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CH-4: Imperfections in Solids

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Presentation on theme: "CH-4: Imperfections in Solids"— Presentation transcript:

1 CH-4: Imperfections in Solids
Why STUDY Imperfections in Solids? Many of the important properties of materials are due to the presence of imperfections. Pure metals experience significant alterations when alloyed: Sterling silver: 92.5% Ag & 7.5% Cu. Cartridge brass: 70% Cu & 30% Zn. Impurities play important roles in semiconductors. Steel (composition ) and (making) Atomic defects are responsible for reducing gas pollutant emissions in automobiles: Catalytic Converters Molecules of pollutant gases become attached to surface defects of crystalline metallic materials ((Ce0.5Zr0.5)O2) in the catalytic converter. While attached to these sites, chemical reactions convert them into other non- or less-polluting substances.

2 Catalyst: (Ce0.5Zr0.5)O2 Catalyst is a substance that speeds up the rate of a chemical reaction without participating in the reaction itself. Catalyst adsorbs on its surface gas pollutants (CO and NOX) and molecules of unburned hydrocarbons, which are converted to CO2 and H2O. Schematic representation of surface defects that are potential adsorption sites for catalysts. High-resolution transmission electron micrograph of single crystal (Ce0.5Zr0.5)O2,which is used in catalytic converters.

3 Catalysts and Surface Defects
A catalyst increases the rate of a chemical reaction without being consumed Active sites on catalysts are normally surface defects Fig. 4.10, Callister & Rethwisch 8e. Single crystals of (Ce0.5Zr0.5)O2 used in an automotive catalytic converter Fig. 4.11, Callister & Rethwisch 8e.

4 Types of Imperfections
• Vacancy atoms • Interstitial atoms • Substitutional atoms Point defects • Dislocations Line defects • Grain Boundaries Area defects

5 Point Defects in Metals
• Vacancies: -vacant atomic sites in a structure. Vacancy distortion of planes • Self-Interstitials: -"extra" atoms positioned between atomic sites. self- interstitial distortion of planes

6 Equilibrium Concentration: Point Defects
• Equilibrium concentration varies with temperature! No. of defects Activation energy N æ Q ö v v = exp ç No. of potential N è k T ø defect sites Temperature Boltzmann's constant -23 (1.38 x 10 J/atom-K) -5 (8.62 x 10 eV/atom-K) Each lattice site is a potential vacancy site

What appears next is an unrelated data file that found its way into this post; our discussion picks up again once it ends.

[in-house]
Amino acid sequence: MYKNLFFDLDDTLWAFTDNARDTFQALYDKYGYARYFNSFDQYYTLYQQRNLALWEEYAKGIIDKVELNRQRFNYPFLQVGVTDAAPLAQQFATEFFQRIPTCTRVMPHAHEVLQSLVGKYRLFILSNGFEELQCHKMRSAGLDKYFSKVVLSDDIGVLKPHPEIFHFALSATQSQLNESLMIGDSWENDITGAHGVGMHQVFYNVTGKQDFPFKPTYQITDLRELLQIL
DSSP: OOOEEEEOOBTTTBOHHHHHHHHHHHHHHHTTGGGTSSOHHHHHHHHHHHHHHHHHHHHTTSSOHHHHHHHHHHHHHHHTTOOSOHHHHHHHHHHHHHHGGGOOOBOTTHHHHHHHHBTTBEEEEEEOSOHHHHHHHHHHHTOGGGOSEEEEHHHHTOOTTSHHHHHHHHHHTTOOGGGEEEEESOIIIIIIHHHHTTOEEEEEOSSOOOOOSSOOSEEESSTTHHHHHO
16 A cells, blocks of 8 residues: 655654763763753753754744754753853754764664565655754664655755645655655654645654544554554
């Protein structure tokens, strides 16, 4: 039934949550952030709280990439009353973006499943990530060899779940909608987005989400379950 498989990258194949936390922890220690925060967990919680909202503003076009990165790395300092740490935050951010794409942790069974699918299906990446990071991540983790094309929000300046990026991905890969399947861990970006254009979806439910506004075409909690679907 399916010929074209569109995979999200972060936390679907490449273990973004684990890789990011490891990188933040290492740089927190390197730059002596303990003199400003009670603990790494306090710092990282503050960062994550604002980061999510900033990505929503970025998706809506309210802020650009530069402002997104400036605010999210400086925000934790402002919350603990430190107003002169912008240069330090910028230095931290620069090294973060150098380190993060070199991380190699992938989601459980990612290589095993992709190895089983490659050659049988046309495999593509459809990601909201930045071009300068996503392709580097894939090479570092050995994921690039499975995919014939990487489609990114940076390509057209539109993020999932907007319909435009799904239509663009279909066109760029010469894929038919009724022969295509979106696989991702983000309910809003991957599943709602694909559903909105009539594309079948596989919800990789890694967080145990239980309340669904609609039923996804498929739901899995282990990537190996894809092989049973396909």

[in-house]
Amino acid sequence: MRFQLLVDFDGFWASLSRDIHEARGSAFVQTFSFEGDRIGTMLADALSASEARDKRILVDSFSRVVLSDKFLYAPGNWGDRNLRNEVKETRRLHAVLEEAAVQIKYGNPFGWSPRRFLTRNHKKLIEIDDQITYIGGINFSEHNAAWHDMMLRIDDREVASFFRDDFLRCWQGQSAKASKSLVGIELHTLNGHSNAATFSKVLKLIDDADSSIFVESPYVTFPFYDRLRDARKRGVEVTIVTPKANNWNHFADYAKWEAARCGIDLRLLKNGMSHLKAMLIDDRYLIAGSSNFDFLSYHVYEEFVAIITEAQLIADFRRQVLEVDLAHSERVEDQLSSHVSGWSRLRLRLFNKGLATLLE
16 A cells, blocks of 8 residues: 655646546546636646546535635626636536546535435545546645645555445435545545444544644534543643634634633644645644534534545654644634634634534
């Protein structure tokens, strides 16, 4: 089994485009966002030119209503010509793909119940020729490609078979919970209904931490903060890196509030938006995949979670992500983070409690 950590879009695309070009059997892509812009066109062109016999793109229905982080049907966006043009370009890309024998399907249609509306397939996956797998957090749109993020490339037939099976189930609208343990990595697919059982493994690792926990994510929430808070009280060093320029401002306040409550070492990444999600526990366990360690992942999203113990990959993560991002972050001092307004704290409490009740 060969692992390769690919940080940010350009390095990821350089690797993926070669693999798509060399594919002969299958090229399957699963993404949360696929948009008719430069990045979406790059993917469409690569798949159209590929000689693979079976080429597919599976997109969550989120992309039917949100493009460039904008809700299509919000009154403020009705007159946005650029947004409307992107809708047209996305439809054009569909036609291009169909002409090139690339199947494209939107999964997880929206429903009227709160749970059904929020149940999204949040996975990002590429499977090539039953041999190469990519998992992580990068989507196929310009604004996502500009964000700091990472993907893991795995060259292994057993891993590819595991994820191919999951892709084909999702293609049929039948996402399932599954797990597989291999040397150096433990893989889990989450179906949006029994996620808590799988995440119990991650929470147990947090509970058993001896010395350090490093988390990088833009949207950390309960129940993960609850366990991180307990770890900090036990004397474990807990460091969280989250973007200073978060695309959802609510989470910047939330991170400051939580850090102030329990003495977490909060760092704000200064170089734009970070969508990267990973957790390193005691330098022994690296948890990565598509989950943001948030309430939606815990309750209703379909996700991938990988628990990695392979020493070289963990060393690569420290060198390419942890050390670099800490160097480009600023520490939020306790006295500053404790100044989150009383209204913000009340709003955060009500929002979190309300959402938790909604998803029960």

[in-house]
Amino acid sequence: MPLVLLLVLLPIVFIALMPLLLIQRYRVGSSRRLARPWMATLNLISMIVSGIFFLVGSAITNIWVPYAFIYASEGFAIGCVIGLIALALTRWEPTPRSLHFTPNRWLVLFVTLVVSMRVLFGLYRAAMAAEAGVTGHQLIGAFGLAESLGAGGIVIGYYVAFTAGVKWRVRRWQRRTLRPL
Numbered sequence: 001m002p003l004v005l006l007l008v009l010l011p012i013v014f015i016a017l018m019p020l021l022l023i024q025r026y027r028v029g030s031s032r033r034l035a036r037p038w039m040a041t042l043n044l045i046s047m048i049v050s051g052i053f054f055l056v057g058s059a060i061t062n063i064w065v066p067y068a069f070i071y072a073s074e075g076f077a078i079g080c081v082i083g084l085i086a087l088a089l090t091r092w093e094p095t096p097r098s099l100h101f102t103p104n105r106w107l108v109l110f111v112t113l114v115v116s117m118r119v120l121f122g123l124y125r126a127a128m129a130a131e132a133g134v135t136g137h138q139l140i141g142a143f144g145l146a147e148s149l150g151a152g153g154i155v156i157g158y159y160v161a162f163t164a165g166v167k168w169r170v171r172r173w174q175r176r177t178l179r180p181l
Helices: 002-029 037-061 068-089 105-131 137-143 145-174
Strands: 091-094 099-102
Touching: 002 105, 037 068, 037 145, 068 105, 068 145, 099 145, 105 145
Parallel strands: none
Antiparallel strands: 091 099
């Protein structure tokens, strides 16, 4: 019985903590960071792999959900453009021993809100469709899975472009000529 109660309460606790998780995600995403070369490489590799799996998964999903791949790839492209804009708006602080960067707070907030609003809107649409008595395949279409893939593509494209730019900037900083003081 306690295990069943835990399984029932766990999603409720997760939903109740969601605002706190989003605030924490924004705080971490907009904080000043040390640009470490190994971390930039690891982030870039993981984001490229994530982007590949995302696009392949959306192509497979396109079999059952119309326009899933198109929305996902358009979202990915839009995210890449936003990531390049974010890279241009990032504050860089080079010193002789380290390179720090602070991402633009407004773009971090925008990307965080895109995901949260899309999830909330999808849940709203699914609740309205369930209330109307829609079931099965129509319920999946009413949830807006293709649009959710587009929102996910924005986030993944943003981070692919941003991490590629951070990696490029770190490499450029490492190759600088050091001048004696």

7 Measuring Activation Energy
æ ç N v = exp - Q k T è ö ø • We can get Qv from an experiment. • Measure this... N v T exponential dependence! defect concentration • Replot it... 1/ T N v ln - Q /k slope

8 Estimating Vacancy Concentration
• Find the equil. # of vacancies in 1 m3 of Cu at 1000C. • Given: r = 8.4 g / cm 3 A = 63.5 g/mol Cu Q = 0.9 eV/atom N = 6.02 x 1023 atoms/mol v A = 2.7 x 10-4 8.62 x 10-5 eV/atom-K 0.9 eV/atom 1273 K ç N v = exp - Q k T æ è ö ø For 1 m3 , N = N A Cu r x 1 m3 = 8.0 x 1028 sites • Answer: N v = (2.7 x 10-4)(8.0 x 1028) sites = 2.2 x 1025 vacancies

9 Impurities in Solids A pure metal consisting of only one type of atom just isn’t possible. Even with sophisticated techniques, it is difficult to refine metals to a purity in excess of %. Very few metals are used in the pure or nearly pure state: 1. Electronic wires % purity Cu; Very high electrical conductivity. % purity Al (super-pure Al) is used for decorative purposes-- Very bright metallic surface finish. Most engineering metals are combined with other metals or nonmetals to provide increased strength, higher corrosion resistance, etc. Cartridge brass: 70% Cu & 30% Zn. Sterling silver: 92.5% Ag & 7.5% Cu. Inconel 718, Ni-base super-alloy, used for jet engine parts, has 10 elements.

10 Solid Solutions Simplest type of alloy is that of solid solution.
Two types: 1. Substitution Solid Solution 2. Interstitial Solid Solution.

11 Conditions for Solid Solubility
Conditions for substitutional solid solution (S.S.) W. Hume – Rothery rule 1. r (atomic radius) < 15% 2. Proximity in periodic table i.e., similar electronegativities 3. Same crystal structure for pure metals 4. Valency All else being equal, a metal will have a greater tendency to dissolve a metal of higher valency than one of lower valency

12 Application of Hume–Rothery rules – Solid Solutions
Element Atomic Crystal Electro- Valence Radius Structure nega- (nm) tivity Cu FCC C H O Ag FCC Al FCC Co HCP Cr BCC Fe BCC Ni FCC Pd FCC Zn HCP 4.4: Which of these elements would you expect to form the following with copper: (a) A substitutional solid solution having complete solubility (b) A substitutional solid solution of incomplete solubility (c) An interstitial solid solution Table on p. 118, Callister & Rethwisch 8e.

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